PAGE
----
|Publication number||US5472749 A|
|Application number||US 08/330,326|
|Publication date||Dec 5, 1995|
|Filing date||Oct 27, 1994|
|Priority date||Oct 27, 1994|
|Also published as||US5618475, US5665277, WO1996013339A1|
|Publication number||08330326, 330326, US 5472749 A, US 5472749A, US-A-5472749, US5472749 A, US5472749A|
|Inventors||Vinayak P. Dravid, Mao-Hua Teng, Jonathon J. Host, Brian R. Elliott, D. Lynn Johnson, Thomas O. Mason, Julia R. Weertman, J.-H. Hwang|
|Original Assignee||Northwestern University|
|Export Citation||BiBTeX, EndNote, RefMan|
|Patent Citations (4), Non-Patent Citations (30), Referenced by (46), Classifications (55), Legal Events (6)|
|External Links: USPTO, USPTO Assignment, Espacenet|
The U.S. Government has rights in this invention pursuant to NSF Grant DMR-9202574, and DMR-9357513.
This invention relates to a coating process and more particularly to a method of encapsulating nanocrystalline metal, alloy and compound particles inside a protective shell of graphite, including the separation of these encapsulated particles from other materials and debris which may form during the synthesis process.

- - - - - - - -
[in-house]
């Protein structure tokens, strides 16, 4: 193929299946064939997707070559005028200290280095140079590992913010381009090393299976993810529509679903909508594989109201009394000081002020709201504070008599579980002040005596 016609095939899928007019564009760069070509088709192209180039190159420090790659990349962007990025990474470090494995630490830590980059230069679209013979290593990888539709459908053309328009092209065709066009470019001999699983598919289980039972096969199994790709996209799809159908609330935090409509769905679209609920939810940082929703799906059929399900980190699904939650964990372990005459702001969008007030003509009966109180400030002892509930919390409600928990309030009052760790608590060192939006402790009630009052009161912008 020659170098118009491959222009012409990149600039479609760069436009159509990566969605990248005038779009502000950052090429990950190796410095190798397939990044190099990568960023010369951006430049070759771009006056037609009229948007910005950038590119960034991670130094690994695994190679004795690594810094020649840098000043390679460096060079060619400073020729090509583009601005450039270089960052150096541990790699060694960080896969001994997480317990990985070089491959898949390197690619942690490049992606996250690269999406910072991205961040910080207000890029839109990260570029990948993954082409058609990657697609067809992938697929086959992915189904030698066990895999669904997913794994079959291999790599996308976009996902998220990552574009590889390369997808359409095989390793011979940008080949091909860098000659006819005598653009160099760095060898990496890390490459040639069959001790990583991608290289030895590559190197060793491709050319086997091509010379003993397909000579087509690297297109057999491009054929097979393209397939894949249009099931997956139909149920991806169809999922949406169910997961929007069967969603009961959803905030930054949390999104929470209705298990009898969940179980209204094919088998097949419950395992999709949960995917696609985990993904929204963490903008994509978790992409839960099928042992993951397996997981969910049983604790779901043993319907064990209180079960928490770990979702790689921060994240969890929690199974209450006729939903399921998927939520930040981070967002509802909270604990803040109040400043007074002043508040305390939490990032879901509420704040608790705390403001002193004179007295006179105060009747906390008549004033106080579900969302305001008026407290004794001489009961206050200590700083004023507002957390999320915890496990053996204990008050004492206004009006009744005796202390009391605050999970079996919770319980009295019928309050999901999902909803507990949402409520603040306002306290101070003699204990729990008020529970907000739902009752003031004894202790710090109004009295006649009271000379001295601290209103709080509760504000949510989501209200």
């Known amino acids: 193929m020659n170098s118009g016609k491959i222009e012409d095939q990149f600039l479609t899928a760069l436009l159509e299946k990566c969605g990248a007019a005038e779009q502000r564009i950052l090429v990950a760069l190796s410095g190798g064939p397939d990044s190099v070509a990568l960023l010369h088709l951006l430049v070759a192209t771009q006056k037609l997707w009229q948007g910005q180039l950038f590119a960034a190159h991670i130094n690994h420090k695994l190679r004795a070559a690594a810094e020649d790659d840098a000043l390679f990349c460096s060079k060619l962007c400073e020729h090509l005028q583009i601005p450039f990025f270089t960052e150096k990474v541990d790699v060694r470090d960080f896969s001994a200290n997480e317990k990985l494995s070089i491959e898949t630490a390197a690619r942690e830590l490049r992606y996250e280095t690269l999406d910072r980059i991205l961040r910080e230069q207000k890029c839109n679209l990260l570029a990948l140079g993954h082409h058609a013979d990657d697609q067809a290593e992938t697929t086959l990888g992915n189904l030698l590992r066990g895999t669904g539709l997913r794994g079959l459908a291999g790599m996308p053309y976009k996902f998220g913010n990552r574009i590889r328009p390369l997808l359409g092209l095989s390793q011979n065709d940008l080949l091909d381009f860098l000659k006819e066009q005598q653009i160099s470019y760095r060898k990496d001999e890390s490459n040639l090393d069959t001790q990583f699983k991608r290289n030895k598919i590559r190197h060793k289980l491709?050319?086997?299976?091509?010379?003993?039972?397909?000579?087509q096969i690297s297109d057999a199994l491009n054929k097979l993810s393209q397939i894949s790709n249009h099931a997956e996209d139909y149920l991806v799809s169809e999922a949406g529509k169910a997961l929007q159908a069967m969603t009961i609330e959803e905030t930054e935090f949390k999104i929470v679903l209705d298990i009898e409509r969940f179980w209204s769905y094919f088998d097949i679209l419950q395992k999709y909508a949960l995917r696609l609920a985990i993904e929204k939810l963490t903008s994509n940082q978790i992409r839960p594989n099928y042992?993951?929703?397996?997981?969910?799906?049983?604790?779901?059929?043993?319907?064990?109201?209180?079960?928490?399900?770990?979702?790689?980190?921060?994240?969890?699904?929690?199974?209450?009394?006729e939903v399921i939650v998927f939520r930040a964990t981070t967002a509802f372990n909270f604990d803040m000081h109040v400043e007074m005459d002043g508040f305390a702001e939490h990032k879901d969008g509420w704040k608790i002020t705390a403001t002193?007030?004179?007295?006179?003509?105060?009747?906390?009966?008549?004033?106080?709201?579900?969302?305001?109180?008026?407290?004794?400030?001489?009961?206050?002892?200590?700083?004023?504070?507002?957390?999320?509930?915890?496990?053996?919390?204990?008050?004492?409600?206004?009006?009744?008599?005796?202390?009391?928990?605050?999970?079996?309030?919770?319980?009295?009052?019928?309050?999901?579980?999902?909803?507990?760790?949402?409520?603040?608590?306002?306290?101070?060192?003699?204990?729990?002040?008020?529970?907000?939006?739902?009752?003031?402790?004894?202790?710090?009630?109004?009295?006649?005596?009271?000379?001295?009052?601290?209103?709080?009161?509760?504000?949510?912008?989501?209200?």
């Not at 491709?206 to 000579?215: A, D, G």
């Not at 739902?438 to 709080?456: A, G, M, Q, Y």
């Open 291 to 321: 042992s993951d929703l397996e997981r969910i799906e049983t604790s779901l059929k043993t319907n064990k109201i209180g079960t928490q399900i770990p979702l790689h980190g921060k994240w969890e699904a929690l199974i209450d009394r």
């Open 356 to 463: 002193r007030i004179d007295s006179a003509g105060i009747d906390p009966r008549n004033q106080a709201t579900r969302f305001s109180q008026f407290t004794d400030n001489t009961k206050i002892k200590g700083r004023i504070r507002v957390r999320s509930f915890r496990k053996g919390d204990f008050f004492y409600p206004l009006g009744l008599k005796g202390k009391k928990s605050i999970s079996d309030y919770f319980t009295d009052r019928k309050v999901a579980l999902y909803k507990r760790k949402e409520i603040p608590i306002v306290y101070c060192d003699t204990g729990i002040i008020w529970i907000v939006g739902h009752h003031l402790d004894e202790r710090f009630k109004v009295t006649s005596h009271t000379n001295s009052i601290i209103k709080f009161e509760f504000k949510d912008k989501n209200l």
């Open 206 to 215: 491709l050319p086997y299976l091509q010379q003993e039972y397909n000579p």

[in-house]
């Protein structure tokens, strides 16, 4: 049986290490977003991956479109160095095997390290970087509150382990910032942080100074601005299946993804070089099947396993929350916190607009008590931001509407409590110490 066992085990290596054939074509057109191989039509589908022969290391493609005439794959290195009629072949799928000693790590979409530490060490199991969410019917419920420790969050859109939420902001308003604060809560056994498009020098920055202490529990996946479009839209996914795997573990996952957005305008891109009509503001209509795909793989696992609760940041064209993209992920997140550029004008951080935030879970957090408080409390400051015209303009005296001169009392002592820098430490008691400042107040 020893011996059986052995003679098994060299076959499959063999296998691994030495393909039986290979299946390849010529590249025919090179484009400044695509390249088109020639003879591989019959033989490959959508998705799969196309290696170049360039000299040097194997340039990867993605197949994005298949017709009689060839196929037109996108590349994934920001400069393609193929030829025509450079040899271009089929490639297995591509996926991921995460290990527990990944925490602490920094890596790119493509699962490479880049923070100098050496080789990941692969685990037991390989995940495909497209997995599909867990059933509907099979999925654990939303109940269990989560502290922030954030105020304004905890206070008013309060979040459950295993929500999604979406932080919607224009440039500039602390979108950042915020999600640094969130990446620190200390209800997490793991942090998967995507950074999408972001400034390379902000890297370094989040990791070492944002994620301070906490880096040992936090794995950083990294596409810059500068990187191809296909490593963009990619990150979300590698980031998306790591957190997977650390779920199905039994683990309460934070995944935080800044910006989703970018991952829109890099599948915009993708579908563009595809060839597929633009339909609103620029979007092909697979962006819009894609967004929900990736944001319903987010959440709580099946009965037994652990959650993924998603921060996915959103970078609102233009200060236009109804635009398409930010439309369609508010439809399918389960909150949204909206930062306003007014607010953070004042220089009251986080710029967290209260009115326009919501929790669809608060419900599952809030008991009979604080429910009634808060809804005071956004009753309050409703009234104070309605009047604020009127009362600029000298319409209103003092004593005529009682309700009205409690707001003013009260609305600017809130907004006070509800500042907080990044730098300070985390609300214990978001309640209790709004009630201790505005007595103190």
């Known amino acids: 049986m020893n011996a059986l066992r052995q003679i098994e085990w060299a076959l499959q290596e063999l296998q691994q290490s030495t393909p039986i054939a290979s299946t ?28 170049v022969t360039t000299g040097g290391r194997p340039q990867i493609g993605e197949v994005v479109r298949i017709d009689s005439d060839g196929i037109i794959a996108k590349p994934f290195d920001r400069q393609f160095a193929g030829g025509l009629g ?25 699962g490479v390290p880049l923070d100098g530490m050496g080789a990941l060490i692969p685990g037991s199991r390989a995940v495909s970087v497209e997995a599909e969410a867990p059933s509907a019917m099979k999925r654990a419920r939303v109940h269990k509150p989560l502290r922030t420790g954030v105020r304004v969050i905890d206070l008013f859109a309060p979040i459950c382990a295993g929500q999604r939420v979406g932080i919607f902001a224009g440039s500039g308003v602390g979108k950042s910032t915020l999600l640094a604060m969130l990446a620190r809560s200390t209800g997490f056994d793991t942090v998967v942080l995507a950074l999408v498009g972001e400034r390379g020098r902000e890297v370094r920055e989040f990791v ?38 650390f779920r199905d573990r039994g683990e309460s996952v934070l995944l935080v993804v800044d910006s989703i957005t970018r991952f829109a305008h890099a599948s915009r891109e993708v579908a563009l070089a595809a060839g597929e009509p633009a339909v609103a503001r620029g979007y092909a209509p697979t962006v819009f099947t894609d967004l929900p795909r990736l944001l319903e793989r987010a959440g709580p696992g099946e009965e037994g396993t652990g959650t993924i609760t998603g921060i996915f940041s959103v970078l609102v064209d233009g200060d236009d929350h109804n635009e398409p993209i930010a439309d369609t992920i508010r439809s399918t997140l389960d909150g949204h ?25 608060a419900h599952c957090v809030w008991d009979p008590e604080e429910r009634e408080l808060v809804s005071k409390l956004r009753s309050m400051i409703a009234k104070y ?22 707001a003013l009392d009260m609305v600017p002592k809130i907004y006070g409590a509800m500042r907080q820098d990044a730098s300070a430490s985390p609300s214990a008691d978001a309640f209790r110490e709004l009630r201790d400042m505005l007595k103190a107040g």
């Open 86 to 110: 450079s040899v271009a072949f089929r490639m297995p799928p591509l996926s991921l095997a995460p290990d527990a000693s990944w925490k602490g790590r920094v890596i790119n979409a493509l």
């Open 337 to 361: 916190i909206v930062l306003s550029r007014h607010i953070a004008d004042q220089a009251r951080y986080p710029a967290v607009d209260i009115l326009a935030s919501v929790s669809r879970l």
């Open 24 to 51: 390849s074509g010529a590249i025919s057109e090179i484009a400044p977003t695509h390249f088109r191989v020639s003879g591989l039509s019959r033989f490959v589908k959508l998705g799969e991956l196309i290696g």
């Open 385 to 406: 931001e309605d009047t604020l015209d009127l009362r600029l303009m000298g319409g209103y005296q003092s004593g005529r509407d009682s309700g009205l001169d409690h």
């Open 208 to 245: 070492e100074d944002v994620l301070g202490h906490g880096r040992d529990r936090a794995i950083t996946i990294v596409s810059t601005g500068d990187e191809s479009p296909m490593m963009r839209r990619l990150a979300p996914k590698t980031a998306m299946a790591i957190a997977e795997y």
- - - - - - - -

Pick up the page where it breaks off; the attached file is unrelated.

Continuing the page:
Nanocrystalline particles, i.e. particles with physical size of about 1-100 nm, possess important technological properties ranging from superior mechanical behavior to novel electronic and magnetic properties. Unfortunately, nanocrystalline particles, by virtue of their size and high surface area, are very reactive and interact with their surroundings quickly. For example, metal nanocrystals tend to oxidize rapidly when exposed to air. Therefore, it would be most useful if such nanocrystals could be protected from the environment and still retain their intrinsic properties.